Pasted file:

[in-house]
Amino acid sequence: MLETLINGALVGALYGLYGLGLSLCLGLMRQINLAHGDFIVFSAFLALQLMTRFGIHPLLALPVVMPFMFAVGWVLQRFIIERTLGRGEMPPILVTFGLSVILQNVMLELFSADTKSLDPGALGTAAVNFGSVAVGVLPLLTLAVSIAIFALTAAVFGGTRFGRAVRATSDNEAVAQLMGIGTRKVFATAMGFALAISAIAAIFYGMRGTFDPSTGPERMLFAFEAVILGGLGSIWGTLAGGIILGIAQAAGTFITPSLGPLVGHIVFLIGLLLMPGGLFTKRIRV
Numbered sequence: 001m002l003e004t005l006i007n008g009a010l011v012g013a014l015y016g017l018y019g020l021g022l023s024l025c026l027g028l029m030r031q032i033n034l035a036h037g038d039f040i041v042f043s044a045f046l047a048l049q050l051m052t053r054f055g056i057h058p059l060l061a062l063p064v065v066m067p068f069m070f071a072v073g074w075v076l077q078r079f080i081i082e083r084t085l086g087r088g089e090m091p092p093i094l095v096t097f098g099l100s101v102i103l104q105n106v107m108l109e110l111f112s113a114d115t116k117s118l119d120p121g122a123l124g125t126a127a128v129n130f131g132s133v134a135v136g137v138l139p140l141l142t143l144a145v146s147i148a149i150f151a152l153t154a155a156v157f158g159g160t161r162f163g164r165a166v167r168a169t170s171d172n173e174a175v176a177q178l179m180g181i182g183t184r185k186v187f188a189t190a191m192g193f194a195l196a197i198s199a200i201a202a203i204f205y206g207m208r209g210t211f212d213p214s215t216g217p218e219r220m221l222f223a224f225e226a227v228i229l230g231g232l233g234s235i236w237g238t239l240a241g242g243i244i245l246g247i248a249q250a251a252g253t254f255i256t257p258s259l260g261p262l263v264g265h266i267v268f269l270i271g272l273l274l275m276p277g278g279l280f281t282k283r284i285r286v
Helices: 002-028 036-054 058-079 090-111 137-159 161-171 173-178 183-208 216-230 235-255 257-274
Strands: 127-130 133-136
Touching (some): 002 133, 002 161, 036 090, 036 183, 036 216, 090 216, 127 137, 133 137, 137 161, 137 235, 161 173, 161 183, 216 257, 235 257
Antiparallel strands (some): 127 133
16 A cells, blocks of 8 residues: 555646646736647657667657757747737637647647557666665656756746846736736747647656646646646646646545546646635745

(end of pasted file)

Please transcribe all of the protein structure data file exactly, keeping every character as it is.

[in-house]
Amino acid sequence: MLETLINGALVGALYGLYGLGLSLCLGLMRQINLAHGDFIVFSAFLALQLMTRFGIHPLLALPVVMPFMFAVGWVLQRFIIERTLGRGEMPPILVTFGLSVILQNVMLELFSADTKSLDPGALGTAAVNFGSVAVGVLPLLTLAVSIAIFALTAAVFGGTRFGRAVRATSDNEAVAQLMGIGTRKVFATAMGFALAISAIAAIFYGMRGTFDPSTGPERMLFAFEAVILGGLGSIWGTLAGGIILGIAQAAGTFITPSLGPLVGHIVFLIGLLLMPGGLFTKRIRV
Numbered sequence: 001m002l003e004t005l006i007n008g009a010l011v012g013a014l015y016g017l018y019g020l021g022l023s024l025c026l027g028l029m030r031q032i033n034l035a036h037g038d039f040i041v042f043s044a045f046l047a048l049q050l051m052t053r054f055g056i057h058p059l060l061a062l063p064v065v066m067p068f069m070f071a072v073g074w075v076l077q078r079f080i081i082e083r084t085l086g087r088g089e090m091p092p093i094l095v096t097f098g099l100s101v102i103l104q105n106v107m108l109e110l111f112s113a114d115t116k117s118l119d120p121g122a123l124g125t126a127a128v129n130f131g132s133v134a135v136g137v138l139p140l141l142t143l144a145v146s147i148a149i150f151a152l153t154a155a156v157f158g159g160t161r162f163g164r165a166v167r168a169t170s171d172n173e174a175v176a177q178l179m180g181i182g183t184r185k186v187f188a189t190a191m192g193f194a195l196a197i198s199a200i201a202a203i204f205y206g207m208r209g210t211f212d213p214s215t216g217p218e219r220m221l222f223a224f225e226a227v228i229l230g231g232l233g234s235i236w237g238t239l240a241g242g243i244i245l246g247i248a249q250a251a252g253t254f255i256t257p258s259l260g261p262l263v264g265h266i267v268f269l270i271g272l273l274l275m276p277g278g279l280f281t282k283r284i285r286v
Helices: 002-028 036-054 058-079 090-111 137-159 161-171 173-178 183-208 216-230 235-255 257-274
Strands: 127-130 133-136
Touching (some): 002 133, 002 161, 036 090, 036 183, 036 216, 090 216, 127 137, 133 137, 137 161, 137 235, 161 173, 161 183, 216 257, 235 257
Antiparallel strands (some): 127 133
16 A cells, blocks of 8 residues: 555646646736647657667657757747737637647647557666665656756746846736736747647656646646646646646545546646635745